, but Mode's latest 100 Years of Fashion video is proof that the whole "diamonds are forever" thing is real. But while diamond engagement rings have long been en vogue, the way the stone is presented has changed: From the lacy white-on-white look of the 1910s to 2010's "halo" mounting, see all the variations that emerged over the last century.
, for reference:
1890-1900: Classic solitaire diamond ring: Round old European-cut diamond set into a six prong mounting, 14k yellow gold.
1900-1920s: Lacy white-on-white look, in the style of jewelry of the Edwardian period.
1920-1930s: Art Deco–influenced rings: Round early modern brilliant-cut diamond set into a platinum mounting, highlighted by round diamonds in a pierced openwork mounting.
1930-1940s: The introduction of white gold in the late 1920s; "filigree" mounting, which heralds back to the Edwardian period, comes in trend.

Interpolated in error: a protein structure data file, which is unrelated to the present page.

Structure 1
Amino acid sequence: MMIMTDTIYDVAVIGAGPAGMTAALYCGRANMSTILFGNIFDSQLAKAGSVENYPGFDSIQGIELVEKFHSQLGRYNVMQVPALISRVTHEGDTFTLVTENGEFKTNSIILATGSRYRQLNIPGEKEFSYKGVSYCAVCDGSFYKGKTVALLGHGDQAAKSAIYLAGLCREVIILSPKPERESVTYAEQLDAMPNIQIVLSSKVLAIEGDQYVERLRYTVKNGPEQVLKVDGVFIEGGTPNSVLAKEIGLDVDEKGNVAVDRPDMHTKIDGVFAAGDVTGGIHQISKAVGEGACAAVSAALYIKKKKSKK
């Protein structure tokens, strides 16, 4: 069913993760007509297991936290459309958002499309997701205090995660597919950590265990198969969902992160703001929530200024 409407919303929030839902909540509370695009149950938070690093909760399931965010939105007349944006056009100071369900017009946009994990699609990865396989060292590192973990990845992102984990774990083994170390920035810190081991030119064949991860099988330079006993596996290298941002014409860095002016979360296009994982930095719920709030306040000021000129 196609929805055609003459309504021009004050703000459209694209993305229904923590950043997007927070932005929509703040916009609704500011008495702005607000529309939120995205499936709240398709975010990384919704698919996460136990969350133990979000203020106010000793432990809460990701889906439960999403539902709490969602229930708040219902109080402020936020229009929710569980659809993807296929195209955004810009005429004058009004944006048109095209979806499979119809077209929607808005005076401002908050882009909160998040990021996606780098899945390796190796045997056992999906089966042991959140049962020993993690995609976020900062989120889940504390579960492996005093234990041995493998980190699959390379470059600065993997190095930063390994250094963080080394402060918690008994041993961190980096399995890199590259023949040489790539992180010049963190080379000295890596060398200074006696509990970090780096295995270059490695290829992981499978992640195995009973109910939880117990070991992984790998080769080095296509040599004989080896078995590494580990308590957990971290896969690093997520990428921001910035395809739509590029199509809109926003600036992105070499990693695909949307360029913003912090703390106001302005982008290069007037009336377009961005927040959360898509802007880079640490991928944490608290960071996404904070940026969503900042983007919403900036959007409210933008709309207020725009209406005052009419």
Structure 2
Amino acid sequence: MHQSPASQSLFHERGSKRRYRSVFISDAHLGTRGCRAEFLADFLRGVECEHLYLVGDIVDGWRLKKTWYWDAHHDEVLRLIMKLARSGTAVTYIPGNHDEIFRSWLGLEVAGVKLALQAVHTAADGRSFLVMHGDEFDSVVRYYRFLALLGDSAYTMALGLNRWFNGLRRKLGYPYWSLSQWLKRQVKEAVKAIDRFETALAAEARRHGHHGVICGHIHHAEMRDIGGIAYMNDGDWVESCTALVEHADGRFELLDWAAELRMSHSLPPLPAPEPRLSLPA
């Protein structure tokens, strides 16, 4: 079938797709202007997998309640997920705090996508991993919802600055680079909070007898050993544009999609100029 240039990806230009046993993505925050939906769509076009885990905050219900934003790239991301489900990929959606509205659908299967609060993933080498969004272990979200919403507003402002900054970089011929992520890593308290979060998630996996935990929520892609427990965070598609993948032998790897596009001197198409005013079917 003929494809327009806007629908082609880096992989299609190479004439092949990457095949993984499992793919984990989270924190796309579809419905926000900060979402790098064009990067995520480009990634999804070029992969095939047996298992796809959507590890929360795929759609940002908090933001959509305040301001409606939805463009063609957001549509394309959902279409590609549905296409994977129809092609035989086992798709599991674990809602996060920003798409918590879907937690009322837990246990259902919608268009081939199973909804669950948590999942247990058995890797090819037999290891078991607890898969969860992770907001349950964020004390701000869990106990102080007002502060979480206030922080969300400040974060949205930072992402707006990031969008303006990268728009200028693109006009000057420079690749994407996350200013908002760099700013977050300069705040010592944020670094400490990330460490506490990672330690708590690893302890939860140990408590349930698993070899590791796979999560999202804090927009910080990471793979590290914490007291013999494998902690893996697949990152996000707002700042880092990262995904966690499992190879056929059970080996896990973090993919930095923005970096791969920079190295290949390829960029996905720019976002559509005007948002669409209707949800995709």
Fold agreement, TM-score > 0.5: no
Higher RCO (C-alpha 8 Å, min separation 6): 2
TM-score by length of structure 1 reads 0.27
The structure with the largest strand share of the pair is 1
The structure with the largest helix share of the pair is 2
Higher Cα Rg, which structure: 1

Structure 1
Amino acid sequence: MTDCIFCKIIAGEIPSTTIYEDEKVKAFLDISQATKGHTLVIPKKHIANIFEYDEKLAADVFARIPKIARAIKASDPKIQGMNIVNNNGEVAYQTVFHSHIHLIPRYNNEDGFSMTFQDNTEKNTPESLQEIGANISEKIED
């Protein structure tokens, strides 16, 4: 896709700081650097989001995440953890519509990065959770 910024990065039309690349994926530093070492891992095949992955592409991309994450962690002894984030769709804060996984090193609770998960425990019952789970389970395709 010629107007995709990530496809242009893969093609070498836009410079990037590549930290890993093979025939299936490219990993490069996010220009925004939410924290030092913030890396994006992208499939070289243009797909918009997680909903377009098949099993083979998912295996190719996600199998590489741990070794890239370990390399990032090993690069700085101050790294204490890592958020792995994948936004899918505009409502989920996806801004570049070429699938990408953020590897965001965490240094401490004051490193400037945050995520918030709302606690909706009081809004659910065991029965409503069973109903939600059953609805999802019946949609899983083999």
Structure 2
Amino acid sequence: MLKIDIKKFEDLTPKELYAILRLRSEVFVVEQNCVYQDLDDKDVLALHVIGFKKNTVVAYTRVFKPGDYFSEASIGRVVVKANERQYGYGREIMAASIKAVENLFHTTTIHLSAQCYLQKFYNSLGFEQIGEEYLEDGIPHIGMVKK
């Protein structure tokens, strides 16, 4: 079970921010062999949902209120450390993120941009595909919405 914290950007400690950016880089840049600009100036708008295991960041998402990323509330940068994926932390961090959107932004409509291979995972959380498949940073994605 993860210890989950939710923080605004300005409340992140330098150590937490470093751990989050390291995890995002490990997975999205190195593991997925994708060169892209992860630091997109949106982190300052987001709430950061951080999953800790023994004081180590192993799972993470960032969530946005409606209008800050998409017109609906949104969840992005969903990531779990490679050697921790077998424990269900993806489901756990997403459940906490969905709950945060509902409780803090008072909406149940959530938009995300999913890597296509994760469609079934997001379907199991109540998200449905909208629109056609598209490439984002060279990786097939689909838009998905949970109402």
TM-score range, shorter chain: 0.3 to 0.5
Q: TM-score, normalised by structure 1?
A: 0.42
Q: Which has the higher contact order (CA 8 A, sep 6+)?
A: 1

1940s: Yellow and rose gold used more.
1945: "War Bride Ring," the ring that every serviceman gave their fiancée due to the rationing of precious metals during the war years.
1950-1960s: White gold and platinum becomes the preferred metal postwar. Addition of round side stones set into the shoulders of the ring.
1960-1970s: Fancy-shaped diamonds — emerald-cut, pear, marquise, and heart shaped — become "in." Platinum remains metal of choice.
1970-1980s: "Gold" set with round or fancy shaped diamonds with channel set mountings, accompanying wedding bands.
1980-1990s: Solitaire diamond with baguettes on each side.
1990-2000s: "Radiant-cut" becomes the preferred fancy-shaped diamond, typically set with triangular side stones.
2000-2010s: "Princess-cut" becomes the preferred fancy-shaped diamond.
2010-2015: "Halo" mounting becomes the preferred engagement mounting; increased demand for fancy-colored diamonds.